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Overview of Small Fiber Neuropathy

  • Ming-Tsung TsengEmail author
  • Chun-Liang Pan
  • Sung-Tsang Hsieh
Chapter

Abstract

Small fiber neuropathy (SFN) results from impairment of small-diameter myelinated Aδ- and unmyelinated C-fibers. This debilitating condition usually leads to alterations in nociceptive processing, thermal sensations, and autonomic functions. The most common clinical feature of SFN is neuropathic pain, which is often described as burning, shooting, tingling, and even pruritic. Usually, symptoms have a length-dependent distribution, but they may also present in a non-length-dependent manner. The natural course of SFN is highly variable, and, in some cases, large fiber neuropathy may develop. Despite being regarded as a distinct nosologic entity, SFN is either idiopathic or associated with a heterogeneous group of diseases. The pathogenesis of the development and maintenance of SFN is not completely understood. Recently, gain-of-function mutations of the sodium channels have been found to enhance the excitability of dorsal root ganglion neurons, which may explain the presence of neuropathic pain symptoms in patients with SFN. However, the underlying mechanisms leading to the axonal degeneration of small-diameter sensory nerves remain unclear. On neurological examination, impaired small fiber sensations can be detected, including thermal or pinprick hypoesthesia or hyperalgesia, and allodynia to mechanical stimulations. At present, the diagnosis of SFN relies upon clinical signs of small fiber damage, abnormality in small fiber neurophysiological testing, and reduced intraepidermal nerve fiber density. Non-length-dependent SFN is underdiagnosed due to the absence of a typical topographic pattern. In conclusion, patients having chronic pain and autonomic dysfunctions with unclear causes warrant a diagnostic consideration of SFN. After the diagnosis is confirmed, underlying etiologies that are potentially treatable should be investigated.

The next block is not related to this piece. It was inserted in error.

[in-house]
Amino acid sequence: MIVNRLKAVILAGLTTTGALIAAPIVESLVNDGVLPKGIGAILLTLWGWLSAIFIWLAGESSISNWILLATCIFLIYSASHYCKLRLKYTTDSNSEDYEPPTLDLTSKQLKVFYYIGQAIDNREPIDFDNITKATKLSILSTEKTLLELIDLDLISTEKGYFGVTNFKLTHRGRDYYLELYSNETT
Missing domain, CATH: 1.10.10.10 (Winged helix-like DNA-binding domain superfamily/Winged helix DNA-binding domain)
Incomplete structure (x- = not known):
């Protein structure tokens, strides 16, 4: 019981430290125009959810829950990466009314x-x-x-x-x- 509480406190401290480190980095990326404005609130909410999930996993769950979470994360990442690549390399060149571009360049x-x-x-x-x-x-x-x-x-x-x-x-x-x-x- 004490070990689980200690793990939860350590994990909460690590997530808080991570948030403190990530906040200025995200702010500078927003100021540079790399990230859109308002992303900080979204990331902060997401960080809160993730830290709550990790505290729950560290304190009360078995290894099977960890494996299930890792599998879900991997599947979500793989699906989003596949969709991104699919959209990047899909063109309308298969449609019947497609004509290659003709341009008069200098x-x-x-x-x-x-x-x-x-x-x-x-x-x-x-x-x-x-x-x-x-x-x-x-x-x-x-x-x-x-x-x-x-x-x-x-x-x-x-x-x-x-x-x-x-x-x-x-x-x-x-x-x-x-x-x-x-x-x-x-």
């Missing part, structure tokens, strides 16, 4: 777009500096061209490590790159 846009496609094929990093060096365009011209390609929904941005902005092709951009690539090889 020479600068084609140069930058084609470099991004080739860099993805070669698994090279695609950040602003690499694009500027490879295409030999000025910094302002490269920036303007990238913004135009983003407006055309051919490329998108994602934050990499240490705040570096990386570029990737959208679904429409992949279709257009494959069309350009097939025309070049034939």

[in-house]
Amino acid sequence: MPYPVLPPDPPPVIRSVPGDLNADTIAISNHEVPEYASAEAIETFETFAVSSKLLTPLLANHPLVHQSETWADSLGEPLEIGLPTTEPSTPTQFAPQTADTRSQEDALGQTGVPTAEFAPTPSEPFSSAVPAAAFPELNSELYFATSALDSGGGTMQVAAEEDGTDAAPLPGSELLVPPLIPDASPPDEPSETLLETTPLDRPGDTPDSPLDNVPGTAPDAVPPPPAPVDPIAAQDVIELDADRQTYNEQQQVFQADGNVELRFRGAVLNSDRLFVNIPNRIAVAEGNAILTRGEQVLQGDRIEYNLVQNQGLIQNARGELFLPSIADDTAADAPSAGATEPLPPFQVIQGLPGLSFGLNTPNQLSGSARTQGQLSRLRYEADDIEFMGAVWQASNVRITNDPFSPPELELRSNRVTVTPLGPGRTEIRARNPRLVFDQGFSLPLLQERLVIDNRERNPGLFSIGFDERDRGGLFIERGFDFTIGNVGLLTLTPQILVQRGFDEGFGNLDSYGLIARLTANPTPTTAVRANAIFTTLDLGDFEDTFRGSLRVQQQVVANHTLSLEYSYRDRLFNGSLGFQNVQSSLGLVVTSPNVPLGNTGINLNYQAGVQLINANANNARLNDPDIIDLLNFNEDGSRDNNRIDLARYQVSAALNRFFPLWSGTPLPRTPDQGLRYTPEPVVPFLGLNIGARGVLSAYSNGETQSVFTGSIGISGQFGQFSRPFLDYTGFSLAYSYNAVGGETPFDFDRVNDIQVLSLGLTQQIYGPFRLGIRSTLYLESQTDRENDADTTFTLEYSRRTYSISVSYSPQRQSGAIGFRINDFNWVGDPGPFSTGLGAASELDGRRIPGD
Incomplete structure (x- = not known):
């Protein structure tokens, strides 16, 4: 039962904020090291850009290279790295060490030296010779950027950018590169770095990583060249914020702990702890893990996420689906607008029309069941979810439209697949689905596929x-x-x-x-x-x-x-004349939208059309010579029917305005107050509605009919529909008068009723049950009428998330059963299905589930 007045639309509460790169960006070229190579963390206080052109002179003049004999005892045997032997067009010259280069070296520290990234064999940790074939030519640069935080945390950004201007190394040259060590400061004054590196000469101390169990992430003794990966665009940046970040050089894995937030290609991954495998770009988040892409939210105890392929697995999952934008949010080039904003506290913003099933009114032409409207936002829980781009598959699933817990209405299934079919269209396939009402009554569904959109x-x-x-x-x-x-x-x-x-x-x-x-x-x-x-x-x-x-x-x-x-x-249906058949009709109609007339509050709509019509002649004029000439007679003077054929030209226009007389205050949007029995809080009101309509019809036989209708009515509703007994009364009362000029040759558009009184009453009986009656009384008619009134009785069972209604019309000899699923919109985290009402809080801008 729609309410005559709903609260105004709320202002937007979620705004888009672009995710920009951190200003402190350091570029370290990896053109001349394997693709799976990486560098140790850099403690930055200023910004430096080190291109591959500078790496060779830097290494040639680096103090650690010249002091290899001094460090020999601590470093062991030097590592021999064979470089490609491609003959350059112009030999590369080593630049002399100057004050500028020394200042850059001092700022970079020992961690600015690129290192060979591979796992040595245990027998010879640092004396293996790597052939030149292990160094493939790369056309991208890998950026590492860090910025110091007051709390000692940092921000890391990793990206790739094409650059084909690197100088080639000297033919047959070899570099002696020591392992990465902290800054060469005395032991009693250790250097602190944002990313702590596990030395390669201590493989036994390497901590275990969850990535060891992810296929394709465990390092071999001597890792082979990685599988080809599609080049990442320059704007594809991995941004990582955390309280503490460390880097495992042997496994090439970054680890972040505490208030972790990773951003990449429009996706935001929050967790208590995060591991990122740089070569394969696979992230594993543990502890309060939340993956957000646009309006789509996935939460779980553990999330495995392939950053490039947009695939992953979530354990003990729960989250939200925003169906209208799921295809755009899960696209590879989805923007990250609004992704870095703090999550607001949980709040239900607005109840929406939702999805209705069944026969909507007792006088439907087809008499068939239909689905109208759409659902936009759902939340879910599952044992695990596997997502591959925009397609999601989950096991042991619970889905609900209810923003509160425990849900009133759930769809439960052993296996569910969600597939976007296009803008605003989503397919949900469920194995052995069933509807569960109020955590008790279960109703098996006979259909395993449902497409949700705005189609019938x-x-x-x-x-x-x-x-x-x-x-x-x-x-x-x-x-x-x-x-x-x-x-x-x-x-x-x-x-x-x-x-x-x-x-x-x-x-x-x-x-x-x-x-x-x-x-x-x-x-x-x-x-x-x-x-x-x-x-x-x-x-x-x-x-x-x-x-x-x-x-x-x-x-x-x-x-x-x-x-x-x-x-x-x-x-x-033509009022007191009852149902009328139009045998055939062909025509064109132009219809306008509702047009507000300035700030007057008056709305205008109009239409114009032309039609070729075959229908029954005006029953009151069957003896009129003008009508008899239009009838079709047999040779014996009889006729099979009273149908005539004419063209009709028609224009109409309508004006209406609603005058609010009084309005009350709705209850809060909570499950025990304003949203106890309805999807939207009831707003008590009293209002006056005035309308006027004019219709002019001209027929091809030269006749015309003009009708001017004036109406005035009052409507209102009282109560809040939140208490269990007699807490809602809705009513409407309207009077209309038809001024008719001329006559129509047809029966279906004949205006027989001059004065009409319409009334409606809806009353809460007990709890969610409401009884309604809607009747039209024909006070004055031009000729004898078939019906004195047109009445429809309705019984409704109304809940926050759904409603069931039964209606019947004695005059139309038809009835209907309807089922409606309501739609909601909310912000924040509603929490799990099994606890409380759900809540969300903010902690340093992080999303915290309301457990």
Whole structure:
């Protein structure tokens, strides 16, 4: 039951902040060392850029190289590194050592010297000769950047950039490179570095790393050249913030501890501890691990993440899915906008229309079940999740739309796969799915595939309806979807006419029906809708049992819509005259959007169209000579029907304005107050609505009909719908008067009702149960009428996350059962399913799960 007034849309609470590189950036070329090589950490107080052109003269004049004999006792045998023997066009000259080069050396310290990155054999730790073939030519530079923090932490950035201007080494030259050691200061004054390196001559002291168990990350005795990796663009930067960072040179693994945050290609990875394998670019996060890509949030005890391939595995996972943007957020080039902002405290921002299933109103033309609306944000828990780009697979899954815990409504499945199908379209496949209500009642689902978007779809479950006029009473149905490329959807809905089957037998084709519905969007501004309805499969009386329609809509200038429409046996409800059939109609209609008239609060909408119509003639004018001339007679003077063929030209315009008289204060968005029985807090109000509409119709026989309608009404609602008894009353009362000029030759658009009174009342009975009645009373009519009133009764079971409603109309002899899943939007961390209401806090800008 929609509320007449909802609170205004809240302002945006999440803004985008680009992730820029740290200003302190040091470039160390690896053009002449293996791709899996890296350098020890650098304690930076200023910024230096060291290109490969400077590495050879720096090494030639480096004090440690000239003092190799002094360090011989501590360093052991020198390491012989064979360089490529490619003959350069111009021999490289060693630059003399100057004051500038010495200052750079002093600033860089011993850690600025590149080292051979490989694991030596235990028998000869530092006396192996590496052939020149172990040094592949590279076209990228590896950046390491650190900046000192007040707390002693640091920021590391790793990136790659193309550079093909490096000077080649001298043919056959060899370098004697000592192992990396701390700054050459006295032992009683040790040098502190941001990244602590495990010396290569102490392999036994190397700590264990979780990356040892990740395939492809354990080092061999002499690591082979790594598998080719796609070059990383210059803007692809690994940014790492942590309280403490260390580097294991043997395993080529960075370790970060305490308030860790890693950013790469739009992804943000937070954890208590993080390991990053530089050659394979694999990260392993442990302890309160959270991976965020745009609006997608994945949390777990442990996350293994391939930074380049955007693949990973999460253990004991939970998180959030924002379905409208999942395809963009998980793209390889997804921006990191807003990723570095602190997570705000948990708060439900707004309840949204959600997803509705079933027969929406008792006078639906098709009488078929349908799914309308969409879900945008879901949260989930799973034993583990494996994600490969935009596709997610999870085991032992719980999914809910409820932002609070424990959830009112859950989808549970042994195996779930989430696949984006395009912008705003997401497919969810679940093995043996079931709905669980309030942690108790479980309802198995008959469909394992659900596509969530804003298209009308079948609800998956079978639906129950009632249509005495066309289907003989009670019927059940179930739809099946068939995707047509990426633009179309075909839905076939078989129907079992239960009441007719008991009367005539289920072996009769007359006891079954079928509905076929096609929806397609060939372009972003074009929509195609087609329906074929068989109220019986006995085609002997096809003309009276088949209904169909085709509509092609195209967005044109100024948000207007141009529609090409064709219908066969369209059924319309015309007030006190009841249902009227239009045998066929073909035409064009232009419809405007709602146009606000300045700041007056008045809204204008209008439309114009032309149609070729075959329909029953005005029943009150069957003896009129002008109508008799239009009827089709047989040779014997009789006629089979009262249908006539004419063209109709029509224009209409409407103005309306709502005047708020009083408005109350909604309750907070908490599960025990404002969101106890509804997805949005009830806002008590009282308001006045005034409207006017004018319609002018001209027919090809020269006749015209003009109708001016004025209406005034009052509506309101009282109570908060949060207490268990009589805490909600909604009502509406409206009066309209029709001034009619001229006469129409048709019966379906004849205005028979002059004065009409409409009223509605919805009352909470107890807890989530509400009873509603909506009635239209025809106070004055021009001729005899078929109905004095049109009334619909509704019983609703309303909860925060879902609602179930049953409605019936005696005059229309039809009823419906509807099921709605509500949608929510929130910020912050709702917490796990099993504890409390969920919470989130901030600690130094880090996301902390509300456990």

Keywords

Painful neuropathy Autonomic neuropathy Neuropathic pain Pruritus Skin biopsy Intraepidermal nerve fiber Clinical presentations Pain evoked potential (pain-related evoked potential) Dysautonomia 

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Copyright information

© Springer Nature Singapore Pte Ltd. 2019

Authors and Affiliations

  • Ming-Tsung Tseng
    • 1
    Email author
  • Chun-Liang Pan
    • 2
  • Sung-Tsang Hsieh
    • 1
    • 3
    • 4
    • 5
    • 6
  1. 1.Graduate Institute of Brain and Mind SciencesNational Taiwan University College of MedicineTaipeiTaiwan
  2. 2.Graduate Institute of Molecular MedicineNational Taiwan University College of MedicineTaipeiTaiwan
  3. 3.Department of Anatomy and Cell BiologyNational Taiwan University College of MedicineTaipeiTaiwan
  4. 4.Graduate Institute of Clinical MedicineNational Taiwan University College of MedicineTaipeiTaiwan
  5. 5.Center of Precision MedicineNational Taiwan University College of MedicineTaipeiTaiwan
  6. 6.Department of NeurologyNational Taiwan University HospitalTaipeiTaiwan

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